Written by Shabana Farahmand
FAIZABAD, BADAKHSHAN — In addition to women being barred from working in public offices following the Taliban takeover of Afghanistan in August of 2021, an economic collapse in the country also affected cultural businesses. Bookstores were among the businesses that faced serious and irreversible losses. Current despair and hopelessness about the future are the main factors causing desperation among Afghans.
Despite all that, some cultural activists who still care about knowledge and culture, have created a tiny strip of hope for the public.
Geti Farah Mahdi, a cultural activist in northeastern Afghanistan’s Badakhshan province, is the founder of the “Uranus” Bookstore. Her store is the first bookstore in Faizabad, Badakhshan’s provincial capital and was named in honor of her 13 year-old sister, a visually impaired teen.
The opening ceremony was attended by numerous members of the public, including men and women. According to Ms. Mahdi, the primary goal of this initiative is to promote knowledge, thought and book reading culture.
“I am a Badakhshanian who believes in knowledge and thought. My sister Uranus has a visual disability but her heart is bright, she is very interested in education and reading. We were born and raised in a remote village in Baharak district. After graduating high school, I studied at Kabul Medical University for seven years. I am currently an intern at the Faizabad Public hospital. Following my graduation and return to Badakhshan, I realized that people here, specifically the youth, do not have access to educational materials and most of them cannot afford the books they are interested in,” Ms. Mahdi told Alive in Afghanistan.
Uranus, according to Ms. Mahdi, was opened with the aim, “To be a place where the lack or shortage of money wouldn’t cause people to not read their favorite books. This bookstore was founded to resolve these challenges, which caused cultural activists, students and teachers to grow apart from books.”
Geti opened the bookstore with her own funds, and the moral support of Badakhshani cultural activists. According to her, the bookstore is more of a cultural complex with a goal to promote reading through lending books to customers for free, a 50 percent discount on school books, holding book reading events, competitions and exhibitions at educational institutes, and a dedicated wall for artists to exhibit their artwork. Interested readers can borrow books for 14 days.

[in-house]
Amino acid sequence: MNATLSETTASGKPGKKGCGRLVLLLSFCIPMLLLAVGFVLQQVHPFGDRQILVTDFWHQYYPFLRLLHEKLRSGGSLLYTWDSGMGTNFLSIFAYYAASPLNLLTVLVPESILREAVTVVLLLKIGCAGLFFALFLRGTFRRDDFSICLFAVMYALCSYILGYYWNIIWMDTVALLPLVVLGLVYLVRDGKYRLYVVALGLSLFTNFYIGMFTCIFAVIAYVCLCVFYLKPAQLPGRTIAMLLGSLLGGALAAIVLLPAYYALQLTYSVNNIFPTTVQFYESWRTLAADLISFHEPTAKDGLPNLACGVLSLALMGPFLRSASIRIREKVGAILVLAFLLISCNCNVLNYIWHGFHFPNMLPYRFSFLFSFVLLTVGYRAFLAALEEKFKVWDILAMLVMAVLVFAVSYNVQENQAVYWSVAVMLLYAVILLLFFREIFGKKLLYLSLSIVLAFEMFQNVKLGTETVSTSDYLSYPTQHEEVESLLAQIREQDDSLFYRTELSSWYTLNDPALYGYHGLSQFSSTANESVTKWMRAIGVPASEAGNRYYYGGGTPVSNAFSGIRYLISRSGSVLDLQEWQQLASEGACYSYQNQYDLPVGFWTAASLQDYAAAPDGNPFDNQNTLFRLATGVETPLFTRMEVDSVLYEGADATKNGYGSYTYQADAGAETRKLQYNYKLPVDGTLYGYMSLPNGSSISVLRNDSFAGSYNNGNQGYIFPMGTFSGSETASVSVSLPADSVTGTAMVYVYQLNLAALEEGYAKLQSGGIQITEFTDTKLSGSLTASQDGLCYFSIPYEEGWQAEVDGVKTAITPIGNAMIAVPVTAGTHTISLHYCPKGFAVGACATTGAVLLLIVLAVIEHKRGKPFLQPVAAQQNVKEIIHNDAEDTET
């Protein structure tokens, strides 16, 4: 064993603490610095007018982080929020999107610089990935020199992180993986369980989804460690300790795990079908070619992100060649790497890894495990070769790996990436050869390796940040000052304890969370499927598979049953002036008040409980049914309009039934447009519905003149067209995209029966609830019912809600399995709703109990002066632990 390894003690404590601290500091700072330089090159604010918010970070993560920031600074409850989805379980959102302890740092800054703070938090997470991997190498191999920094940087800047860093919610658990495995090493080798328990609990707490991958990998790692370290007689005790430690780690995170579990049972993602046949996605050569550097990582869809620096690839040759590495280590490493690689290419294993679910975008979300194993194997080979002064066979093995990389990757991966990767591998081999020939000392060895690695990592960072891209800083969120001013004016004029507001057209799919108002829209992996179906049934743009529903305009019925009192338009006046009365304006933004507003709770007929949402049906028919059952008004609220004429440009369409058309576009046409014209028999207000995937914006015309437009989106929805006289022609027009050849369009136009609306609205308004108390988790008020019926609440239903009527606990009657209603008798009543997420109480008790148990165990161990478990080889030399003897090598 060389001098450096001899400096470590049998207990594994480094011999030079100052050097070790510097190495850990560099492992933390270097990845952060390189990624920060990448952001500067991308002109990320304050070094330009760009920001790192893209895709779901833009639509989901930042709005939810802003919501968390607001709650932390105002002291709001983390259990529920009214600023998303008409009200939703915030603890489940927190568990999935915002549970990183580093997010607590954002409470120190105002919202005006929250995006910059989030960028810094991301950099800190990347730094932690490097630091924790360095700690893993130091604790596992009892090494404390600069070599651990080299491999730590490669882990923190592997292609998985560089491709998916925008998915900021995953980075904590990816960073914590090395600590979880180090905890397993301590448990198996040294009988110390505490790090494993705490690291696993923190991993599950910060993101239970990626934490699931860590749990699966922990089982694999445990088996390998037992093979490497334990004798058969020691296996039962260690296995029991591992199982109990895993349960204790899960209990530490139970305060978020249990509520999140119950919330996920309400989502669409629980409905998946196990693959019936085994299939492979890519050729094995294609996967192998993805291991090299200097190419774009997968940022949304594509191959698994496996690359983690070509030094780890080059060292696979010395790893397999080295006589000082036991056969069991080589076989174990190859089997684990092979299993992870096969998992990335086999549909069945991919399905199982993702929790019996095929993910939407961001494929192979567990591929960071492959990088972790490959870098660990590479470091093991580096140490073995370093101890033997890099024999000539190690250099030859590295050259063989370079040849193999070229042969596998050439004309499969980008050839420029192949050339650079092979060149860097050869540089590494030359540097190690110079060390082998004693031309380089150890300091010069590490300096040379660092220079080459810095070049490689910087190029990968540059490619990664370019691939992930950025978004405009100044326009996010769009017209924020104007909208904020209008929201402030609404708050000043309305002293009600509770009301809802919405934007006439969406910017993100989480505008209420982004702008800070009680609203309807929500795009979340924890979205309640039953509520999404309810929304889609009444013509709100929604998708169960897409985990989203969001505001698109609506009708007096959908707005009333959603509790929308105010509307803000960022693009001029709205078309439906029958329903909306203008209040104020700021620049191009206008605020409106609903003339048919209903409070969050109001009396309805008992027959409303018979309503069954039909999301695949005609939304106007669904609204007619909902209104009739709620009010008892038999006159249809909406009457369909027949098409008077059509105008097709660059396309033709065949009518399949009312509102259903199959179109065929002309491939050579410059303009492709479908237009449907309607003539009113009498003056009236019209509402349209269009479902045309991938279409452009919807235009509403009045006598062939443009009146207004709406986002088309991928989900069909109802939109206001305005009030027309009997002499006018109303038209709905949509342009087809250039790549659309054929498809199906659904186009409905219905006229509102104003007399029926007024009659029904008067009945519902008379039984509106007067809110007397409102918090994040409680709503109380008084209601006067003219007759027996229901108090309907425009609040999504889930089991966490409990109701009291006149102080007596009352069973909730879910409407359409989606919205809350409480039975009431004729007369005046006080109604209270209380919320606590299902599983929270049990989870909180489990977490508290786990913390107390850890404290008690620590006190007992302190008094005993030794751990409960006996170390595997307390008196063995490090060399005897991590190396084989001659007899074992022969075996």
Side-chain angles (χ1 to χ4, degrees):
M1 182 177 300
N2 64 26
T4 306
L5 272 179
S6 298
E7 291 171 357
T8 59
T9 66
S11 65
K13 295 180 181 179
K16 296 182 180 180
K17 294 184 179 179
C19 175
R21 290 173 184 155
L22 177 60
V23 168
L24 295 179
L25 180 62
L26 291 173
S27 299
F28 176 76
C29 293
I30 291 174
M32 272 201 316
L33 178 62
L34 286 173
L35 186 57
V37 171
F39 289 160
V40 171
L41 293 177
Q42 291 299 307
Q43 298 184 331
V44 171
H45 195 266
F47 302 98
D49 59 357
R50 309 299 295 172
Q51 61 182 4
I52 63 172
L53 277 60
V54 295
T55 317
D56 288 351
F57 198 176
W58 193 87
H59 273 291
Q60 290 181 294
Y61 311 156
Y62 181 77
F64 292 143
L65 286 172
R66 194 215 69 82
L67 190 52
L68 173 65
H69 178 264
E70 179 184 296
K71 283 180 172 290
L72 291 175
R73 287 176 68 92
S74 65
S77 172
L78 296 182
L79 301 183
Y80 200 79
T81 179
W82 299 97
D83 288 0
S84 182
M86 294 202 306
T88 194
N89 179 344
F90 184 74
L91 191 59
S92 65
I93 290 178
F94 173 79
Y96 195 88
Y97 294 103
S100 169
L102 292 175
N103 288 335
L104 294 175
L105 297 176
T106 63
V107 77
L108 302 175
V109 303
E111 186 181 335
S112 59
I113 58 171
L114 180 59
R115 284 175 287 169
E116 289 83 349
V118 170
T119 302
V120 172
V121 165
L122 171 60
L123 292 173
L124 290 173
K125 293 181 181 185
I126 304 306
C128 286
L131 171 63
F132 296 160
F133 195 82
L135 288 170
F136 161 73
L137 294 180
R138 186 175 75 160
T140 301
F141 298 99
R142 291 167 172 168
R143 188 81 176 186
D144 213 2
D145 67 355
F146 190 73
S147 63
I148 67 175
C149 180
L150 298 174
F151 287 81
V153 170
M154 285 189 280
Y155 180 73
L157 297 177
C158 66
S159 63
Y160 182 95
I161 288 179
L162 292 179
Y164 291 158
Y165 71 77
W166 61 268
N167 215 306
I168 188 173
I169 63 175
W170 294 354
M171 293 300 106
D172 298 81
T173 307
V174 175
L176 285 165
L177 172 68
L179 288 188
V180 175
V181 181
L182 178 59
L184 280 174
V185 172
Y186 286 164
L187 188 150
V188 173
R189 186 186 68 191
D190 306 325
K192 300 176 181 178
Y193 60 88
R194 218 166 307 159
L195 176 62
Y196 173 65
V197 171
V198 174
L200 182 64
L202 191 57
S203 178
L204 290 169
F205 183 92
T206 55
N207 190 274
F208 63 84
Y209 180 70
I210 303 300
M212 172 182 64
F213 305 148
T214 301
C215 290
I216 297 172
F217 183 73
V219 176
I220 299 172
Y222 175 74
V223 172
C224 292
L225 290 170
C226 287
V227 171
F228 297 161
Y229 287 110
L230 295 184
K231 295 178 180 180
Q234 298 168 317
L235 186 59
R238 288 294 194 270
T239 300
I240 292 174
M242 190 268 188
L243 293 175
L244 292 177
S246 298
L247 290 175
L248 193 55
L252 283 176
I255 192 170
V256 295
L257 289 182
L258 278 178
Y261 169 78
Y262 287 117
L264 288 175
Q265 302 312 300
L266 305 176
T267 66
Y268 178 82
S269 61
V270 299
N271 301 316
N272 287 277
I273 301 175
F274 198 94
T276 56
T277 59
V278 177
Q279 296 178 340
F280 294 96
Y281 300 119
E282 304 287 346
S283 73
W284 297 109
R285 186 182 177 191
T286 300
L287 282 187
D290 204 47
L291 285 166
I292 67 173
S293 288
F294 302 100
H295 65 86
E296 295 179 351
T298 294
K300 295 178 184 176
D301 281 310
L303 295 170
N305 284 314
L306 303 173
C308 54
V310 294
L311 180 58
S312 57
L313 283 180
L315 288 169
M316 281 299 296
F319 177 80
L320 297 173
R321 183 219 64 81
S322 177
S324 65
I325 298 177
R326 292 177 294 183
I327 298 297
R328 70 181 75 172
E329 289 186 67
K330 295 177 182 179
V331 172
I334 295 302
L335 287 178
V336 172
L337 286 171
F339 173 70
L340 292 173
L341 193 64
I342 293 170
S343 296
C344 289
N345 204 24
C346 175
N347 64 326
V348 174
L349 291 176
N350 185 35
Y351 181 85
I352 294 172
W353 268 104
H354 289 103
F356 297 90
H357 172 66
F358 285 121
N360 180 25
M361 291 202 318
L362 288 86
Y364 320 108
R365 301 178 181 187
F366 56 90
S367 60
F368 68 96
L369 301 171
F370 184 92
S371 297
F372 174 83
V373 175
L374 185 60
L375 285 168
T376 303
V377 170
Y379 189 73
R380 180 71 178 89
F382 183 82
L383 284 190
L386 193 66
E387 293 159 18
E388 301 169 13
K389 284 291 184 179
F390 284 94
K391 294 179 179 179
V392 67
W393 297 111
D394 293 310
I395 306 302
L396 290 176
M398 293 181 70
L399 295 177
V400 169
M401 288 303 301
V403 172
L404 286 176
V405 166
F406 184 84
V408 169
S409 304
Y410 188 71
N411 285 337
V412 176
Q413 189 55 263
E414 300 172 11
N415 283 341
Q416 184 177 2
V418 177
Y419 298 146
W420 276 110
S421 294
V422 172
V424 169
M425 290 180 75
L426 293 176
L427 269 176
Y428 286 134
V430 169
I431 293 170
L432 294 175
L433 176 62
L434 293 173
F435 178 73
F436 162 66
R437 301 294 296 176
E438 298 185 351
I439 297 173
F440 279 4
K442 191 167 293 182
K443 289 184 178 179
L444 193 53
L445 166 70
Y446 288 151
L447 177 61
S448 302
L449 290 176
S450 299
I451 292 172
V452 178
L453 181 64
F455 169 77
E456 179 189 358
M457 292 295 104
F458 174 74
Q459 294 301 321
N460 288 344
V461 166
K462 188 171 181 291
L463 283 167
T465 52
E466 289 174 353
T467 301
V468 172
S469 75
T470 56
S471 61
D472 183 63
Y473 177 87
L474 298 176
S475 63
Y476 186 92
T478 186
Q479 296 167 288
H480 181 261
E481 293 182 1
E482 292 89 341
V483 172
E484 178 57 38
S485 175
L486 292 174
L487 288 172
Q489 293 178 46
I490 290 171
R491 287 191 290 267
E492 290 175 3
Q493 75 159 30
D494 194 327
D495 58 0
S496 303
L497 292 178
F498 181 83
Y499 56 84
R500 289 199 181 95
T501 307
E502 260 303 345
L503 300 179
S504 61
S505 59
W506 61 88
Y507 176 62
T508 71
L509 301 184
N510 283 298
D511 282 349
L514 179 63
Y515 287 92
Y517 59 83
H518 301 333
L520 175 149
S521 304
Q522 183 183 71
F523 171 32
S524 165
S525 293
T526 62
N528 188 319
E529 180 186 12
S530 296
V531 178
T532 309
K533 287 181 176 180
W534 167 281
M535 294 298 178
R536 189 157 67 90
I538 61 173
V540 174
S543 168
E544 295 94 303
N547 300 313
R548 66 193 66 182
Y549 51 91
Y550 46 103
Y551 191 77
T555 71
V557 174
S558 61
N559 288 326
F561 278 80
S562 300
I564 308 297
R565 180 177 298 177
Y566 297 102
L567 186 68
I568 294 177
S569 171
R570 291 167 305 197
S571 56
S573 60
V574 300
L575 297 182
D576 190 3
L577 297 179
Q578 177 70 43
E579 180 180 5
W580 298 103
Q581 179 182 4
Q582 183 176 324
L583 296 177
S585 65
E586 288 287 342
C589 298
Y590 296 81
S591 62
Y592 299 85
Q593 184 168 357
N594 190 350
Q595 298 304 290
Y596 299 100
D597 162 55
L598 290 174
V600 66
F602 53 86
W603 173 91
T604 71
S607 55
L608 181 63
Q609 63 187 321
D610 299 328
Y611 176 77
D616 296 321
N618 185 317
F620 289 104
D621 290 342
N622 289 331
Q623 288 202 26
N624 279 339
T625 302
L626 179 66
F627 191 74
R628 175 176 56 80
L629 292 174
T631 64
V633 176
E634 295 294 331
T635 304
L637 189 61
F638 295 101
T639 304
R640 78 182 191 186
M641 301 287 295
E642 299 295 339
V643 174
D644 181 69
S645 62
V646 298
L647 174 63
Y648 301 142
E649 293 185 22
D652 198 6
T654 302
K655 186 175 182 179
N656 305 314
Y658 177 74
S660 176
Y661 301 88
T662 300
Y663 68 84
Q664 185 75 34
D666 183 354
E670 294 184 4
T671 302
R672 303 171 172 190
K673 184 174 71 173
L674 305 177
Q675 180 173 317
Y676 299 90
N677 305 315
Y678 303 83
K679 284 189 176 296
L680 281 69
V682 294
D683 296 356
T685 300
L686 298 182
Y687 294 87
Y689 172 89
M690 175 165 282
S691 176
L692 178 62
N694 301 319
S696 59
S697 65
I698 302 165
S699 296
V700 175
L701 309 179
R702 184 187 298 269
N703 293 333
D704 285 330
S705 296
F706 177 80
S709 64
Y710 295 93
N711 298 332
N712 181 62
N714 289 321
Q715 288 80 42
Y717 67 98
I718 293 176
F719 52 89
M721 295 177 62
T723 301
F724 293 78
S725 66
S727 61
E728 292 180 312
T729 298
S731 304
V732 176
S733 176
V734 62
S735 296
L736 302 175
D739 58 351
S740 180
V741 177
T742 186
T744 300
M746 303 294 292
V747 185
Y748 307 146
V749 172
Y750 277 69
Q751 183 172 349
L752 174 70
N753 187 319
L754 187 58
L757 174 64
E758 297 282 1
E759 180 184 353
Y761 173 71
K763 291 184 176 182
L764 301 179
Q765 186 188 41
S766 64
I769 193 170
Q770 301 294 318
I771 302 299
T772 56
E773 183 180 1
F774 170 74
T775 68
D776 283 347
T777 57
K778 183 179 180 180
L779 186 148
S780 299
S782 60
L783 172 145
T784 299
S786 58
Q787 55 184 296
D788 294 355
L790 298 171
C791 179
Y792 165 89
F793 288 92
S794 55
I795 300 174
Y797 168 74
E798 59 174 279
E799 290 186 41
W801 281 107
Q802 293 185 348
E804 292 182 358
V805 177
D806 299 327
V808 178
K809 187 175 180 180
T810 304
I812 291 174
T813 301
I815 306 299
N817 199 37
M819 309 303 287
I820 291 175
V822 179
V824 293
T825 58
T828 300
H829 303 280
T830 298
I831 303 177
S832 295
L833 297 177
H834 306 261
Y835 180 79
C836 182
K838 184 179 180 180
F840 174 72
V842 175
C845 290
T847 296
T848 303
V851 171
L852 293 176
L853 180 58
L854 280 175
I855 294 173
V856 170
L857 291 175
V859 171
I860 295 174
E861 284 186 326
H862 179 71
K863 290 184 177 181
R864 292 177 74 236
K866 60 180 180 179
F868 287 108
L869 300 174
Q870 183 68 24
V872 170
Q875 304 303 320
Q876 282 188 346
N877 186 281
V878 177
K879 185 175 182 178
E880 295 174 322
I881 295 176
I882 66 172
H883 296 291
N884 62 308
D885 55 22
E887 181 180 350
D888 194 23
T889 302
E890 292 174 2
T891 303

According to Maezuddin Ahmadi, Badakhshan’s head of Information and Culture, the Taliban takeover of Afghanistan did little to affect book reading culture as the culture was not ingrained in the social fabric even prior to the Taliban.
“Despite these challenges, we succeeded in connecting people with books in a very short time. In my first days at this post, only a few visited the library of the Information and Culture Directorate, but currently between 80 to 100 people visit the library on a daily basis,” Director Ahmadi said. Mr. Ahmadi urged the public to read and promote the culture.
Zainab Tariq, a former university professor, told Alive in Afghanistan, “Human beings have been eager to learn, teach and understand since the dawn of time. It is an honor that Dr. Geti has opened such a safe space for promoting open-mindedness.”
Abdulwasel Latifi, a writer and cultural activist visiting the facility said he is grateful to Ms. Geti for opening the bookstore and hopes the youth take advantage of this opportunity.
“Communities can flourish through books, and cultures are made by reading them. It is the best tool for improving the public’s knowledge. A society cannot progress until its culture is enriched,” Mr. Latifi said.
Amina Yousufi, an artist visiting the bookstore said the dedicated wall is a welcome note for artists like her who do their artwork at home and didn’t have anywhere to exhibit them, or attract potential fans and customers, but she hopes that would change.
“The Uranus bookstore has restored hope in people’s hearts,” Ms. Amina told Alive in Afghanistan.
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